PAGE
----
2 Exercises to Energize a Coaching Culture and Get Even Better at Work
Part of our mission is to help companies cultivate a coaching culture. Not only does it help highly capable Leaders get even better at work, it also helps create an environment where employees feel more engaged and more fulfilled.
For the people managers out there — let’s do a couple of quick exercises to help you nurture a coaching culture in your organization.
What if a leader you really respect shared the following with you:
“Wow, you are really strong at X, and people see you as a role model in Y. If there is one thing that could make you even better, it would be to ___________. “
If done from a place of help and support, would you find that valuable? Do you think you would appreciate this morsel of insight and help?
Now, think about a solid performer on your team with whom you have a trusting relationship — someone who consistently delivers, gets high performance ratings and is a go-to resource for you and others.
Next, think about the last time you gave that person critical feedback — a small adjustment or insight that was new information to them.
What if you provided them awareness of a blind spot and gift wrapped it up them in a meaningful way?
What do I mean by that?
Giving strong performers their annual reviews and associated raises or bonuses is a fulfilling exercise. (Also the easiest conversations of the performance cycle!) But how can you truly help these top players to continue to develop?
What if you took one hour out of your week and carved out a regular 30-minute calendar block for a thought session on how to help one high-potential team member become even better, found an opportunity to connect with them, and had a conversation dedicated to this topic?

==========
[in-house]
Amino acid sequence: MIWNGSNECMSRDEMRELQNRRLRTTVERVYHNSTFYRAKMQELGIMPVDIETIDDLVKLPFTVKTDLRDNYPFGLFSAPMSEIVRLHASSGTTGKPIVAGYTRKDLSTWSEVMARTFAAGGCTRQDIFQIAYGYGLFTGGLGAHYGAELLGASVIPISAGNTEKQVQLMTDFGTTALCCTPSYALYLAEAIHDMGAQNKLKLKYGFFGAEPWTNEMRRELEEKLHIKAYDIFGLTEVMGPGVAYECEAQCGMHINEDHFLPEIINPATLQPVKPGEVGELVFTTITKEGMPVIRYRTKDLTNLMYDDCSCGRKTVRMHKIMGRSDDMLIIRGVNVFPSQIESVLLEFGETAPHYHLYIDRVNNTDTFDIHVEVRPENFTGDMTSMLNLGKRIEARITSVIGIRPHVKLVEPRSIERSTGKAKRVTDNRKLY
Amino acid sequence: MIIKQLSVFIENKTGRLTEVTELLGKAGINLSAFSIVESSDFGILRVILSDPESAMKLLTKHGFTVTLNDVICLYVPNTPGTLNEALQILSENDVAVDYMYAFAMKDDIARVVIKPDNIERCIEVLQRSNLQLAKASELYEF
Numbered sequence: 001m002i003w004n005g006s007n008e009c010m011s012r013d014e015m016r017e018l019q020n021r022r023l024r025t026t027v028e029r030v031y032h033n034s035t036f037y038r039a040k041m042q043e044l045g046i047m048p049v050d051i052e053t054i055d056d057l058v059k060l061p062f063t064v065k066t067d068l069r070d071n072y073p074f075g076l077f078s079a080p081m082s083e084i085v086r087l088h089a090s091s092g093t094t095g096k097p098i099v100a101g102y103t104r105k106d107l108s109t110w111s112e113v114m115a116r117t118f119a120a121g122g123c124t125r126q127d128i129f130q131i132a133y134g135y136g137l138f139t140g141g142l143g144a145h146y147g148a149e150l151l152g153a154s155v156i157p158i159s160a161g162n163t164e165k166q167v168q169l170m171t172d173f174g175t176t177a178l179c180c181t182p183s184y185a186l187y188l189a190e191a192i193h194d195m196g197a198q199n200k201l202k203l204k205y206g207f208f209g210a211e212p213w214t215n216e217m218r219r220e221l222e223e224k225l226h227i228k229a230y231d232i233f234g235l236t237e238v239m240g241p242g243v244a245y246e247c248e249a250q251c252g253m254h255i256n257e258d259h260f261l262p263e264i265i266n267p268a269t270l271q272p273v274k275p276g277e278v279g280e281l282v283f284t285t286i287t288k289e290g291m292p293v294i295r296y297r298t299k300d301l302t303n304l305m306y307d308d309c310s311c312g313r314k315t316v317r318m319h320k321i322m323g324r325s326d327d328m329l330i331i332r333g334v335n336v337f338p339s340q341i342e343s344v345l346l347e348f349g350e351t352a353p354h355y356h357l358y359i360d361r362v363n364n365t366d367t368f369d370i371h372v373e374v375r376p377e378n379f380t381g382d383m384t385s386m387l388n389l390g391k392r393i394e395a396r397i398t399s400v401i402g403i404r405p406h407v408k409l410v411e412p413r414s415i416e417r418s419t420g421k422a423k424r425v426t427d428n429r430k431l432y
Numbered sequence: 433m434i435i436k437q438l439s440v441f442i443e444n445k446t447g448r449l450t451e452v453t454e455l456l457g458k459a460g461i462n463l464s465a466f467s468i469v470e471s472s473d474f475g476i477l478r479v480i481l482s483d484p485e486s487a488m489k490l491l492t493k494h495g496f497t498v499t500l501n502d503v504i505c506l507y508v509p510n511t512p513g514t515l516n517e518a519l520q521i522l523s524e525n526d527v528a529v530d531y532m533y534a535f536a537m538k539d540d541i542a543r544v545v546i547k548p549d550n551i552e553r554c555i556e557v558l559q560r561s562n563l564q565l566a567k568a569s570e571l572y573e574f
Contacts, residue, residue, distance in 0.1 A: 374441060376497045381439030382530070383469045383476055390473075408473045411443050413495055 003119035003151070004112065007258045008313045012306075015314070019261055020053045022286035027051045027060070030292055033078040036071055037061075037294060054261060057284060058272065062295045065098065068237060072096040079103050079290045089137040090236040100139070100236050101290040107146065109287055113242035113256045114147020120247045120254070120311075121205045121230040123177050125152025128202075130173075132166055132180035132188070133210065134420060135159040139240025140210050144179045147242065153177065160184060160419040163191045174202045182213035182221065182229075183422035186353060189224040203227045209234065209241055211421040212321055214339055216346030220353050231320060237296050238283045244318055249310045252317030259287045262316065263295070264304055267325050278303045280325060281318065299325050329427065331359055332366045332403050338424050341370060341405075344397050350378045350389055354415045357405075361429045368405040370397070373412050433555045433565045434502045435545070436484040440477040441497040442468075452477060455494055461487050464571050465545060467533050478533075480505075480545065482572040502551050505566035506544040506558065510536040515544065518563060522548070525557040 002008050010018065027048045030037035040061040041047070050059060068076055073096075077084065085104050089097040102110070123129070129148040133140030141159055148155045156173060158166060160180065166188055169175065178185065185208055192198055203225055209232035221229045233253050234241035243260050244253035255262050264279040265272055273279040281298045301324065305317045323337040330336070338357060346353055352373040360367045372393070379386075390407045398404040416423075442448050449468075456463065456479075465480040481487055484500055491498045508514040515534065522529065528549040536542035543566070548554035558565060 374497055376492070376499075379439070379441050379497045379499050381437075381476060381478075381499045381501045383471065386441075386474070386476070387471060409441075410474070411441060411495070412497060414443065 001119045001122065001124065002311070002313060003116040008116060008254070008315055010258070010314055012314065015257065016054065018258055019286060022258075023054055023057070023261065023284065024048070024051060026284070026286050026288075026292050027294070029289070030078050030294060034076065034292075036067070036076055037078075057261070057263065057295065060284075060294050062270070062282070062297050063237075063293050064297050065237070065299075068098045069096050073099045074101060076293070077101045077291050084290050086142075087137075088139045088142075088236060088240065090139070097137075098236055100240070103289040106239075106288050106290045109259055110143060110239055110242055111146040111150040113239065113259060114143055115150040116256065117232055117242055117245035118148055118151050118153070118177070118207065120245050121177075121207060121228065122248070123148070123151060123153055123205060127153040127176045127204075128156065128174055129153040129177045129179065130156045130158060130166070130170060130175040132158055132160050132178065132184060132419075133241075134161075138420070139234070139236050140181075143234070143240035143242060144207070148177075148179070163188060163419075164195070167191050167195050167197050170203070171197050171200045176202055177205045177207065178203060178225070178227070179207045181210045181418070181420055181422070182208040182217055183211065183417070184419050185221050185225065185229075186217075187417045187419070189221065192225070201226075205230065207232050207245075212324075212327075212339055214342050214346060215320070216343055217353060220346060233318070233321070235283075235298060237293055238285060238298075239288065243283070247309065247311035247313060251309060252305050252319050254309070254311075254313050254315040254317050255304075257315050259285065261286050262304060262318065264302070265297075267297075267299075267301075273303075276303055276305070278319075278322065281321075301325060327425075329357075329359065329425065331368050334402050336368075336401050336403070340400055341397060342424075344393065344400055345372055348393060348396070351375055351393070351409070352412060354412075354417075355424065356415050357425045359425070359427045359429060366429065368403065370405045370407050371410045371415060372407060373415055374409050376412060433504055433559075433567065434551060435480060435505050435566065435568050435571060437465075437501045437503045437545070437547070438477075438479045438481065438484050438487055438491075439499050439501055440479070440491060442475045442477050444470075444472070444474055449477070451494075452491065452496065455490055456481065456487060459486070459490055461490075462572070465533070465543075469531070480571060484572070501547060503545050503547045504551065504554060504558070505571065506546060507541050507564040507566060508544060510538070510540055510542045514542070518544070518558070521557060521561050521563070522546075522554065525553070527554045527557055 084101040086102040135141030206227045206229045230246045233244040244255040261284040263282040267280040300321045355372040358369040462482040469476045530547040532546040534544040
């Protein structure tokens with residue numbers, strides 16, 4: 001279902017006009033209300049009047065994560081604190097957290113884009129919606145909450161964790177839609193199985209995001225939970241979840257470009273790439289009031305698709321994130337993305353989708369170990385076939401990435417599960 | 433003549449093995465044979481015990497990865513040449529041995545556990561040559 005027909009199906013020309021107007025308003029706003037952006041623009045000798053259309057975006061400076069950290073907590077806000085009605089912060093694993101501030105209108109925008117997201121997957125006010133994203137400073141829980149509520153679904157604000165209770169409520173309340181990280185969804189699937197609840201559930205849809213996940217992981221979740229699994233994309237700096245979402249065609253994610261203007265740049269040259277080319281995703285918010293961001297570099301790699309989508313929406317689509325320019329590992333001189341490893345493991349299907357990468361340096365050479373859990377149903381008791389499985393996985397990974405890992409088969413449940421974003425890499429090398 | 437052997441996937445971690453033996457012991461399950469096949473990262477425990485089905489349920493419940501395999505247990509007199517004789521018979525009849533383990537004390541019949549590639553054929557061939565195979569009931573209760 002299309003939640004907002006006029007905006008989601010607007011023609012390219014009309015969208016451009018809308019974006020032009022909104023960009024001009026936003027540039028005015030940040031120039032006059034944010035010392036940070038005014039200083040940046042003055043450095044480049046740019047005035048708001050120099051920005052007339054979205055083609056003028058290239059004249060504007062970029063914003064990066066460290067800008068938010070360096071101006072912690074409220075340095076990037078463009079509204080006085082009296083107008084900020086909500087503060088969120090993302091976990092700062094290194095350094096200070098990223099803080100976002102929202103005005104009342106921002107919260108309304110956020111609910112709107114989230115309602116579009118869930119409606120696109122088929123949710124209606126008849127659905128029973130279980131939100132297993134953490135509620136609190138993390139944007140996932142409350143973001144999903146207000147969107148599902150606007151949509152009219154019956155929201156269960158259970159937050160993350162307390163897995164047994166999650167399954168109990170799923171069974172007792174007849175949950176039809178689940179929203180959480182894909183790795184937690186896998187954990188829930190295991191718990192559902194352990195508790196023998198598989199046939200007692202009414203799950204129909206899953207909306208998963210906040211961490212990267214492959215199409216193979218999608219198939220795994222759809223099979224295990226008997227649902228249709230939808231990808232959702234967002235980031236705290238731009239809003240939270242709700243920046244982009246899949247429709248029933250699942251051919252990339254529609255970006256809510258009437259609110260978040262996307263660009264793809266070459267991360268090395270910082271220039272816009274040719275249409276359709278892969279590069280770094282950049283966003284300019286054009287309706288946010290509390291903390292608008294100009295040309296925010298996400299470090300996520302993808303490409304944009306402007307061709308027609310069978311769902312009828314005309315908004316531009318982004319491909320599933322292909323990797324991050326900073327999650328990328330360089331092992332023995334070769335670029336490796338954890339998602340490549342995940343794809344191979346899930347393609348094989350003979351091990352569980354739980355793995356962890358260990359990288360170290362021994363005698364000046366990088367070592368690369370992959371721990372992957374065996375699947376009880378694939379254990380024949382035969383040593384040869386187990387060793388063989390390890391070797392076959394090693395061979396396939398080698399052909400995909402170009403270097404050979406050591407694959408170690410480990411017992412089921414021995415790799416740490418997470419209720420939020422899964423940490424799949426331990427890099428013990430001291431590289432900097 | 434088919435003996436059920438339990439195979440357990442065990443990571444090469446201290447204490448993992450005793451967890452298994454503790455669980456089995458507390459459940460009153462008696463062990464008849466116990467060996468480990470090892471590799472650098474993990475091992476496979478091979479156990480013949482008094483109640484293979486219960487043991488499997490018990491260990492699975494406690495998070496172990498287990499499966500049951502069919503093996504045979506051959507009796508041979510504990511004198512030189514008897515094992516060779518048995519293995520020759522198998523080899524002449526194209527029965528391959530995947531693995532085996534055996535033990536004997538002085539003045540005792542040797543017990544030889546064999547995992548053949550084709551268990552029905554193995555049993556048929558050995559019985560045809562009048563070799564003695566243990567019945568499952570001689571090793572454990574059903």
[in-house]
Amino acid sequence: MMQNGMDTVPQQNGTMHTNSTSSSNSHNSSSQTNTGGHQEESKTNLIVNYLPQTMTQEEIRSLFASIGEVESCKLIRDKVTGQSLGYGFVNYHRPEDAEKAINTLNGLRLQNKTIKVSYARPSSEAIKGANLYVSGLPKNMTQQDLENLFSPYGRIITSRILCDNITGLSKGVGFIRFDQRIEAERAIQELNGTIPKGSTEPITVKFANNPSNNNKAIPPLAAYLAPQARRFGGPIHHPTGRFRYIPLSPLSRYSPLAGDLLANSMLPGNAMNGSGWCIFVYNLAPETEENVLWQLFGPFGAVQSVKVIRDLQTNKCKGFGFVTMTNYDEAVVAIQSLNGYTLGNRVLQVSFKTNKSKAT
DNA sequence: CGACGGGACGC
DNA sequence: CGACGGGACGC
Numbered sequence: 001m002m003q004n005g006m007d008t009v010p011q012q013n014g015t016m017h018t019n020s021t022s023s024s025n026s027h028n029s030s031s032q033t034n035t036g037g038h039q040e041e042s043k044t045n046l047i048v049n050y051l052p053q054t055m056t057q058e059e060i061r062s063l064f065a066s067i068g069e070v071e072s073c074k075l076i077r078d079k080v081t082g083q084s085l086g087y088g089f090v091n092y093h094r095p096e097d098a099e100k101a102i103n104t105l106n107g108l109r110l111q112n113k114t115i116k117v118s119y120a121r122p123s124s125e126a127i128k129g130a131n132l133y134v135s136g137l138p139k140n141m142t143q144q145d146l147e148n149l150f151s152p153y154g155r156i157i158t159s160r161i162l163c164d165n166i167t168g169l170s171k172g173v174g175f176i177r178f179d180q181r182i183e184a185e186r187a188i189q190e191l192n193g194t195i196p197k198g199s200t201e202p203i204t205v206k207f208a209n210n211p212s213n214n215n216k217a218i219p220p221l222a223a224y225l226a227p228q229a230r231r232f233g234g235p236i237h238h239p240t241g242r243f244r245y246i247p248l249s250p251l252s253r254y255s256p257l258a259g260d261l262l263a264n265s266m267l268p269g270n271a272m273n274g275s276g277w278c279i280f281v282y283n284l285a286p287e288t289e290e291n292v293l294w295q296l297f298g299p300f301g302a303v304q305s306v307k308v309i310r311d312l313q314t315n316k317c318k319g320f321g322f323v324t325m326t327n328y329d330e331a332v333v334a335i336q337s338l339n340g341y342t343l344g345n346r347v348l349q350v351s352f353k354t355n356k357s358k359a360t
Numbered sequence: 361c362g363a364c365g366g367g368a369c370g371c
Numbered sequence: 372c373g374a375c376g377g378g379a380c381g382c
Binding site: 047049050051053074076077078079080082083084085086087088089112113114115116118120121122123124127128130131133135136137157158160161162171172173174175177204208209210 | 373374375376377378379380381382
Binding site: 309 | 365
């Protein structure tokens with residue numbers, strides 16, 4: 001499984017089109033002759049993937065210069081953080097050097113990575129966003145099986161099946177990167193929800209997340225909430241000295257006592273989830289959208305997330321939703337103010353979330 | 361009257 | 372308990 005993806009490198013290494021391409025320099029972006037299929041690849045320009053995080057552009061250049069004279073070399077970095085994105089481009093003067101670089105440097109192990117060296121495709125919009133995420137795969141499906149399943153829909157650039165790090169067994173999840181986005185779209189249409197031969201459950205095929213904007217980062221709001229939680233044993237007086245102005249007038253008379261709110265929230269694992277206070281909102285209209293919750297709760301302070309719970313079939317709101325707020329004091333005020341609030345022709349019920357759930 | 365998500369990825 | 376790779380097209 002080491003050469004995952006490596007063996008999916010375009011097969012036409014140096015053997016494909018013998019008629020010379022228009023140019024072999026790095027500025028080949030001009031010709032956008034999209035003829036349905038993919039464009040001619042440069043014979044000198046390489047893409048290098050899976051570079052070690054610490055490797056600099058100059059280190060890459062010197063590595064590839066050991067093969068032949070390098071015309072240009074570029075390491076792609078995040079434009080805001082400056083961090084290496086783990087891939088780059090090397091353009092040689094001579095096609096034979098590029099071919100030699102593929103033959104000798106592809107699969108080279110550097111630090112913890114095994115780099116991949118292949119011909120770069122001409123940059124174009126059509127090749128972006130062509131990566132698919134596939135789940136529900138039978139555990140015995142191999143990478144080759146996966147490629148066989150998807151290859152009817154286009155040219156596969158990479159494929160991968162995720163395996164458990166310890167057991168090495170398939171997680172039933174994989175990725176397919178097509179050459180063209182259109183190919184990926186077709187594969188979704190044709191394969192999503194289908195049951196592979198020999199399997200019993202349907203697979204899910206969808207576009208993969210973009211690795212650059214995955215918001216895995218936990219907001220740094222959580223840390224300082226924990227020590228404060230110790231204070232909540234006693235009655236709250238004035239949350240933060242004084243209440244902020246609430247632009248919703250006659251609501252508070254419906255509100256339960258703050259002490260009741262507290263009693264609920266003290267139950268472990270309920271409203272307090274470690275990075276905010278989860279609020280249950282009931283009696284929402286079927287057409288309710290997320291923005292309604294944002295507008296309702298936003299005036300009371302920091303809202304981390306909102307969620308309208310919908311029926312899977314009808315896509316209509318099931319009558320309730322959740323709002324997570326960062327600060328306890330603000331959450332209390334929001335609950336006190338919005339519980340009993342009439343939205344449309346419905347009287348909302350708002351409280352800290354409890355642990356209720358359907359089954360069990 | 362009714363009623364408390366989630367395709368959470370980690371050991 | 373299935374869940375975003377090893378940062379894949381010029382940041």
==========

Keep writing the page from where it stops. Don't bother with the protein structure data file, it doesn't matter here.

Your conversation might look like this:
“Wow, Julia – you consistently deliver on your programs and your team really enjoys working for you. I know you’ve been wanting to have more influence into the planning process. If there is one thing I would recommend, it would be to acknowledge that you hear your peers’ recommendations. Ask them a question or two before trying to convince them yours is a betrer idea.”
One of the most powerful tools I find helpful in any leadership role is to picture myself in the shoes of the person experiencing my interactions. For example, if you manage a team, ask yourself, “Would I want to work for me?” Why? Why not?
Think about this from many angles:
Would I want to be in a 1:1 meeting with me?
Would I want to sit in a team or cross-functional meeting I organize and run?
Would I feel comfortable coming to me with questions or advice?
Would I feel that career development is important?
These questions can help leaders think about their reputations in the organization — as developers of people, strategic thinkers, or those who foster innovation.
So, this week, try some new exercises! Think about a strong performer you can help out and reflect on how you can think about your own blind spots and get on the path to uncover them.
Interested to learn more? Contact us at: firstname.lastname@example.org – we look forward to helping!